William Dalrymple spoke about the extraordinary art produced after the reign of the high Mughals

Muhammad Shah Rangeela and Bahadur Shah Zafar were not the most popular Mughal emperors. The latter, in fact, is known to be the last Mughal emperor, under whose leadership the 1857 revolt crumbled.

But then, their reign witnessed and took part in some of the most extraordinary art produced in the Mughal period. This is what William Dalrymple spoke at length about in his recent talk, taken from his book Princes and Painters in Mughal Delhi, at the National Gallery of Modern Art as part of the quarterly lecture series organized by Tasveer.

Dalrymple’s talk focused on late Mughal art from the period of 1707-1857. He began by talking about the reign of Shah Jahan who built a new capital Shahjahanabad (old Delhi) where art continued to remain a central part in the identities of Mughal rulers, who were great patrons. But the end of Shah Jahan’s rule saw the end of a great phase of Mughal art since Aurangzeb never took any interest in promoting the arts.

Patronage was carried on half-heartedly under the sons of Aurangzeb, Dalrymple said, but a shift took place under the reign of Muhammad Shah Rangeela

“He seems to want to create a balm to rub on the bruise of the empire, which is falling apart. One doesn’t know much of the biography of the artists who returned from Rajasthan and paint pictures that were far more imaginative, far more bold and striking than anything under Shah Jahan.”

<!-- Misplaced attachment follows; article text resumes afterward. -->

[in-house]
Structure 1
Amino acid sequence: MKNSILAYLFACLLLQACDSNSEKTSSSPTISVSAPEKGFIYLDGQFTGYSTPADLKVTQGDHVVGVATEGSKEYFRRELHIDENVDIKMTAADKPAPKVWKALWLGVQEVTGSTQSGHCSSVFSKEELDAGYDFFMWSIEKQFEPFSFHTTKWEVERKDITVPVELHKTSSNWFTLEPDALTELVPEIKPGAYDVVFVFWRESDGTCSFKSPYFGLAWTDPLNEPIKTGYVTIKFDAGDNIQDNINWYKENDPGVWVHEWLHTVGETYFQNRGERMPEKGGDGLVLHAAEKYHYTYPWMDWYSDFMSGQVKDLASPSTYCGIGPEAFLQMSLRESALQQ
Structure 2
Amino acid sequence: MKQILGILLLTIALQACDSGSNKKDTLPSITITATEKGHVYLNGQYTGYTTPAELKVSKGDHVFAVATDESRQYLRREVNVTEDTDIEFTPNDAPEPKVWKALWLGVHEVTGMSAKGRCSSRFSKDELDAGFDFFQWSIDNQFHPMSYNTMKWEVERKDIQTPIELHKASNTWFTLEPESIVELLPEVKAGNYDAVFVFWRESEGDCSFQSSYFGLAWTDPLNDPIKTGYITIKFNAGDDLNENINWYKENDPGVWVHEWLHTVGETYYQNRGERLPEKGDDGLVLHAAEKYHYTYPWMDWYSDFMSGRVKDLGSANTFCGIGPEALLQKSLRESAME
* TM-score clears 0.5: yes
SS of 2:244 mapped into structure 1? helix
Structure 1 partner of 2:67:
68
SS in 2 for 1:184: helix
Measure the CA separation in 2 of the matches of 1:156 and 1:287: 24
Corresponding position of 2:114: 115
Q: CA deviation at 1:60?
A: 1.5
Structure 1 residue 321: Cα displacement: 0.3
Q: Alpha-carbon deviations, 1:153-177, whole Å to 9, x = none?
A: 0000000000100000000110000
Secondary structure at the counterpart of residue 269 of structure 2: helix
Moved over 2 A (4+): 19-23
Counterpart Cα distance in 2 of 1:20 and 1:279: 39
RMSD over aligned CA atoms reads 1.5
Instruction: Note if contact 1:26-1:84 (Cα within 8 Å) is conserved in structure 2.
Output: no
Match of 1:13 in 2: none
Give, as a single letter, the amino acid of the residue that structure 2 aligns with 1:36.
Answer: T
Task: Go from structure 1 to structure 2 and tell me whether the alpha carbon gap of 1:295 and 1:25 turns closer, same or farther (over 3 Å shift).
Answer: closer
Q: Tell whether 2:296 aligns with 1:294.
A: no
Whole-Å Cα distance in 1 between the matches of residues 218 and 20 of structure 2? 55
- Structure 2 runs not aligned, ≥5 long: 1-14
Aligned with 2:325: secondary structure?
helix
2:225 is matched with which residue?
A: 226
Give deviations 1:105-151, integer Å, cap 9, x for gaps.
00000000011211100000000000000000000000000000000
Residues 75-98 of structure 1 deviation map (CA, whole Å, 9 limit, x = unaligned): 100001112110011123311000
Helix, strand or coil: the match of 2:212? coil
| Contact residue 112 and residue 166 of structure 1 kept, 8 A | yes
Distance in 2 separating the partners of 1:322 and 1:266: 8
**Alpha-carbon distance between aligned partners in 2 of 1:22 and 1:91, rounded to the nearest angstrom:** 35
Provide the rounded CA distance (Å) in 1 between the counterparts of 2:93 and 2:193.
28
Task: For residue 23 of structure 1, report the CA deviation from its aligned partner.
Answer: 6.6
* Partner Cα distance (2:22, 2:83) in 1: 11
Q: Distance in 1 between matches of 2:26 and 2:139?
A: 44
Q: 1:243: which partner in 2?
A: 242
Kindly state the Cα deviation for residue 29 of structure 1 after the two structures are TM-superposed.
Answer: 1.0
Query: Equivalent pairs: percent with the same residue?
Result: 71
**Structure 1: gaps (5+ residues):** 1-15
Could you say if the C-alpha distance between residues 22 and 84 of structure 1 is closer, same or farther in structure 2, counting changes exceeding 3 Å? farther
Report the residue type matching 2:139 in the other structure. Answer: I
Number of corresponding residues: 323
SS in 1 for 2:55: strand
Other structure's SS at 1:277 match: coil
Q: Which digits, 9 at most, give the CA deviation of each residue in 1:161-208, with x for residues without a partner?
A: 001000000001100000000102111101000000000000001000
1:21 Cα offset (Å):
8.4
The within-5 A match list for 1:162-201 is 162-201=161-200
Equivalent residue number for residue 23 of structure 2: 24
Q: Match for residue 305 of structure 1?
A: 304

The lines between Hindus and Muslims were blurred in these paintings that show the emperor playing Holi with his courtesans or depict interactions between Hindu saints and the Muslim people.“You would never know there was any danger in these scenes of tranquillity showing trees and rivers and images of peace and calm and pleasure.”

But this period came to an end in 1779 with the invasion of the Persian emperor Nadir Shah. There is a complete closure in art in the empire for 60 years, then Delhi revived under the most unlikely patronage, Dalrymple said.

The British continued to arrive, now in the form of David Ochterlony in 1803. Ochterlony loved the existing Mughal culture and embraced it. There are a few paintings depicting this lifestyle of Ochterlony. One of the most popular ones shows him in traditional clothes, smoking a hookah and being entertained by courtesans.

“The artists are back in business. Ghulam Murtaza Khan and his nephew Ghulam Ali Khan start producing extraordinary work sometimes for the British, and sometimes for the Mughals. But it makes no sense to say one is Mughal art, one is company art. Artists had the capacity to alter their style very subtly depending on who is commissioning them.”

His assistant William Fraser also took up the Mughal life. But he spent a lot of time in the Indian villages, taking with him an artist whose name he never mentioned in his writings. The artist painted the villagers, some of whom become part of William’s families after he married a local.

“His paintings show astonishing transformation, they are different from anything done before. He captures penetrating look of each individual, which is usually reserved for nobles and royalty. The artist has brought out their individual personalities.”

Meanwhile Bahadur Shah Zafar II took over from his father (Akbar II). By then the power had gradually shifted to the British. Zafar’s reign, Dalrymple said, saw some of the last masterpieces of Mughal art. One of the most famous of these is a painting by Ghulam Ali Khan shows Zafar almost levitating in his seat, weighed down by his crown. His pose is unusually still and regal.

Dalrymple described how Zafar was a good mystic poet, though not as good as Ghalib and could write in over five languages. After the revolt, whose leadership was given to him, he died in under British imprisonment alone in a cell writing couplets.

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